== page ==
Whistler’s Senior Paper

I love hearing that sober people are still sober. Does that make sense? I mean when I read or hear celebrities and everyday people say something that lets me know they’re still sober. They’re background affirmations, proof that sober life works for those who, well, work it.

You may recognize Whistler from guest posts here or from comments on other sober blogs. He’s a rare breed who never set foot in a recovery meeting and never waivered in his commitment to stay sober and get the most out of his new life. He celebrates three years sober this month and wrote the following to share…please join me in congratulating Whistler on his three years.

I was given this assignment over a week ago. My teacher is very strict by the way, and I am feeling the pressure. I would advise anyone who wants to recall early sobriety details to keep some sort of diary or you can just take a chance, be like me, and remember next to nothing. I have always hoped for a brain like Hans Delbrück but I am very much closer to Holden Caulfield. So I will write this crumby paper but it won’t be like old Hans could have served up.

First off I should let you know that some things change after three years, some things don’t. Your body continues to change. It’s basically an uncontrollable Christmas present like the first two years so things like vision and skin continue to improve and you are able to do a little basic math in your head again.

But be warned some of the weight you lost in year one and kept mostly off in the second year may return (don’t worry the fat has morphed into something different than the booze fat and you just know it’s the kind of fat you could lose in minutes if you really wanted to). The thing that does not change – the thing that remains the gold standard of not changing – is that everybody on the roadway except you still cannot drive worth spit.

My assignment is supposed to be about what this third year of not drinking has been like. Maybe I can compare the last three years to high school.

Freshman year is just a complete swirl of confusion and second guessing about self and life in general. But it’s OK, everyone is still in braces at that point so we just keep our head down, do our homework, and don’t hang out with upper classmen.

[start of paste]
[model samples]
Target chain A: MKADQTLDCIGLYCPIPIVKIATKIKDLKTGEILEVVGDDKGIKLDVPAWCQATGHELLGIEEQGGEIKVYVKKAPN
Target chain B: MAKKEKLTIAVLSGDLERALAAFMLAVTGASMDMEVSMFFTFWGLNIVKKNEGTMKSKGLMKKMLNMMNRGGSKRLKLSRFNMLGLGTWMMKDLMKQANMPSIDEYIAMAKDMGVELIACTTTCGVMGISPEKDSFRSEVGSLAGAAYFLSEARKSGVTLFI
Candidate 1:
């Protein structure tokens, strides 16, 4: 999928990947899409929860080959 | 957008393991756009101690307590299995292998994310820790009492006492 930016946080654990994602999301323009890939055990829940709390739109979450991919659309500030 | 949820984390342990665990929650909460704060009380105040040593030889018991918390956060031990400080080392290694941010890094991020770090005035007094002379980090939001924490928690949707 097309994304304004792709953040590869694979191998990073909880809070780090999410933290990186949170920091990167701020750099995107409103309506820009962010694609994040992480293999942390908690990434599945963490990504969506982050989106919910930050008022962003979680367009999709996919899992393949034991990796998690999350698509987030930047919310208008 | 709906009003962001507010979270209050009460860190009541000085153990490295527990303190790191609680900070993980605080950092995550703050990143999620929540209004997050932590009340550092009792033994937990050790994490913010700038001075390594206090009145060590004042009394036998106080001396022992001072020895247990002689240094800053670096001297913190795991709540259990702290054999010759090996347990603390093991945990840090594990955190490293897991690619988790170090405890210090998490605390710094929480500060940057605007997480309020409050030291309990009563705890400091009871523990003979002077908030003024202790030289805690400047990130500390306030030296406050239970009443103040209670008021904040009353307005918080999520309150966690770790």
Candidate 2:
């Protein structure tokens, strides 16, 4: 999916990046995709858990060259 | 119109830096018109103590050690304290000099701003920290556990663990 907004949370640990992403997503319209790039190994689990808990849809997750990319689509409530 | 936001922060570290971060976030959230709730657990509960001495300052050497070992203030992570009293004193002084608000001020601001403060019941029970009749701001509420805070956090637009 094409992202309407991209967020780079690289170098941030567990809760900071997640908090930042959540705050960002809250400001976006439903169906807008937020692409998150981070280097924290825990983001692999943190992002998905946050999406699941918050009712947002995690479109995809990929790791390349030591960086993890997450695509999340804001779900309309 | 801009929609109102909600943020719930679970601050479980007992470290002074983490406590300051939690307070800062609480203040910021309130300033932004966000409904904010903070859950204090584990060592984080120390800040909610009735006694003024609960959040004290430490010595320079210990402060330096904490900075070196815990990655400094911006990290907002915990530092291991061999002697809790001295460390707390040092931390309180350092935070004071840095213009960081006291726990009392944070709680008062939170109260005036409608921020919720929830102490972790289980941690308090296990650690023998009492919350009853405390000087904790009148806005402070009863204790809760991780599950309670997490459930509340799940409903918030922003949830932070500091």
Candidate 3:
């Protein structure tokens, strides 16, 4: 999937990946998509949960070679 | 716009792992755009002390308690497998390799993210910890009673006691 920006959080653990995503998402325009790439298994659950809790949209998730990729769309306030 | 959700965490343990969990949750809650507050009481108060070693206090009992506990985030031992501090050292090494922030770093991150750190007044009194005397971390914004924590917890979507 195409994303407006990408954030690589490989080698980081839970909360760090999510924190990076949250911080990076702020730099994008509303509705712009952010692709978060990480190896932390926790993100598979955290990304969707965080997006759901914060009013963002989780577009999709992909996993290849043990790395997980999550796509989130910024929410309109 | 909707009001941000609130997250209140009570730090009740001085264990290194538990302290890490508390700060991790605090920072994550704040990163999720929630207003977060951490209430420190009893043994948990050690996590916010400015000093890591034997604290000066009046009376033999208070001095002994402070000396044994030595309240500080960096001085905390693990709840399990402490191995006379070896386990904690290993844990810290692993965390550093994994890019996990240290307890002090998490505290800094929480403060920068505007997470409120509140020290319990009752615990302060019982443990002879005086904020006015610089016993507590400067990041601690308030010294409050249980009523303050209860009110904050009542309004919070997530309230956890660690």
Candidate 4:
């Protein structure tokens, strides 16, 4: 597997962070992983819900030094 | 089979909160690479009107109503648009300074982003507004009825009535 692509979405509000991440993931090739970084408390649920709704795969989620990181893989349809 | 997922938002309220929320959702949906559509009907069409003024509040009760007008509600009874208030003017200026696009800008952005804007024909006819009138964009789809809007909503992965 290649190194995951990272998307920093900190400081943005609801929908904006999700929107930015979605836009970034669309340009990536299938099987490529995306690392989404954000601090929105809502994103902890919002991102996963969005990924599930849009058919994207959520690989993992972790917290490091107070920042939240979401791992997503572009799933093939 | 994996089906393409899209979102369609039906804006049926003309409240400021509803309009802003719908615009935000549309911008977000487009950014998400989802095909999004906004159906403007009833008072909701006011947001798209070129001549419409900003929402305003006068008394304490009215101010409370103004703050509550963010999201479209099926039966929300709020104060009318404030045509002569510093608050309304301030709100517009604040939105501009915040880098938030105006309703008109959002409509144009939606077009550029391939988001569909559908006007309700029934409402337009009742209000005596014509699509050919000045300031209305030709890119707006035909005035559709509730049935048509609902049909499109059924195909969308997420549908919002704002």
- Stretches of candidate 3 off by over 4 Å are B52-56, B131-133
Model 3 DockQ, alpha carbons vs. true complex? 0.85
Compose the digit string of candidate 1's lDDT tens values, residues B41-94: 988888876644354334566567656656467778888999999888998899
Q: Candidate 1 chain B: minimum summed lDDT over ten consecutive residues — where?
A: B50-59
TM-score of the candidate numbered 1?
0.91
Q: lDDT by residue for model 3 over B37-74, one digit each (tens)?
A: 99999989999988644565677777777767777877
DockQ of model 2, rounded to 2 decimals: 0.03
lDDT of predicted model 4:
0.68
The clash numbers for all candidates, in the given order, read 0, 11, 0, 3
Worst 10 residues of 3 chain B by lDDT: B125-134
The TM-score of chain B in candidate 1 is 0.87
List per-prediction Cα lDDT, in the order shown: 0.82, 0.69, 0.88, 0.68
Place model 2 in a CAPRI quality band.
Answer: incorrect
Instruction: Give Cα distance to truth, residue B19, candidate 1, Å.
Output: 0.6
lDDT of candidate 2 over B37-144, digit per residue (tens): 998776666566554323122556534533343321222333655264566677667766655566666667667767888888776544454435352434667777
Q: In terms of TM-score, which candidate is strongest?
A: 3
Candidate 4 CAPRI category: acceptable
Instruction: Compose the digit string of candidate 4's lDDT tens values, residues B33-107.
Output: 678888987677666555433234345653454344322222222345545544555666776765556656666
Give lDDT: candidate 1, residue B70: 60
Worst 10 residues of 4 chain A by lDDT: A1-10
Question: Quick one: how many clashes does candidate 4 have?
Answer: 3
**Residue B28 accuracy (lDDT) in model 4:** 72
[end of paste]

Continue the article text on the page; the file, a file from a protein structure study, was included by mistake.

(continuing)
Sophomore year. What can I tell you. Totally forgettable. But… one of the most informative years and you do some of your best work in year two. You learn lots about yourself and begin to get an idea of where you’d like to go when you graduate. You show signs of maturing.

And then comes the Junior year. My favorite.

The most serious year so far, you know enough to understand what it takes and you apply what you’ve learned. You become comfortable with yourself enough to begin to want to be a part of things. Rip Van Winkle stretching himself awake. A terrific year really. It serves as the foundation for what’s to come.

And what’s still to come is that Senior year, when catching Senioritis and thinking you’ve become bullet proof can get you kicked out of school. Got to be careful, there will be moments. I will need to plan ahead, avoid traps. I am not going to worry it to death but I’m not going to take it for granted either. Other than that if it is anything like the last three years, it promises to be a slow steady gift box of surprises and revelations.

I guess everyone says this. I did not expect it to be like this. I just knew I had to stop. I had no idea what I was missing. No idea.

6 thoughts on “Whistler’s Senior Paper

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  1. Just graduated senior year here. What can I say, kind of coasted through and now waiting for college when my “adult” life starts. At some point I think we leave recovery and kind of meld into life and that can be dangerous if we let life become mundane, we know too well an easy fix for the mundane. So here’s to keeping it green. Every day.

    Congratulations on three years, Whistler.

    Liked by 1 person

  2. this was great, and very true.

    I’m in college now, reality hitting….what do i do now?
    but anything is possible..stretching before me is a life i didn’t know i’d have.
    scary and exciting and possible.

    Liked by 2 people

  3. Closing out my 4th year in two days. It’s weird because whenever I try to put it into words, everything sort of evaporates. I can’t tell people what 4 years is like, because….dare I say it?…it’s like being sober is a normal part of life. Except when it isn’t. But mostly it is.

    I think I spent a lot of early-early sobriety wondering what I was going to turn out like. I guess now I have an idea. I kind of know what my weaknesses are. Some things that I thought were “me” a few years ago, it turns out aren’t me at all, but were a result of brain-margination. Some things that I thought I’d grow out of or lose when I became sober have kind of stuck around. I wouldn’t have begun to predict which would be which. If this is a Christmas gift, it’s the kind that you keep opening and discovering every day of the year.

    I also haven’t done the group thing. I am of the opinion that you do whatever works for you, and keep doing it. Keep learning and don’t be afraid to change, but also don’t be afraid to stubbornly hold on to yourself, either. Good luck to everyone else trying to figure this out.


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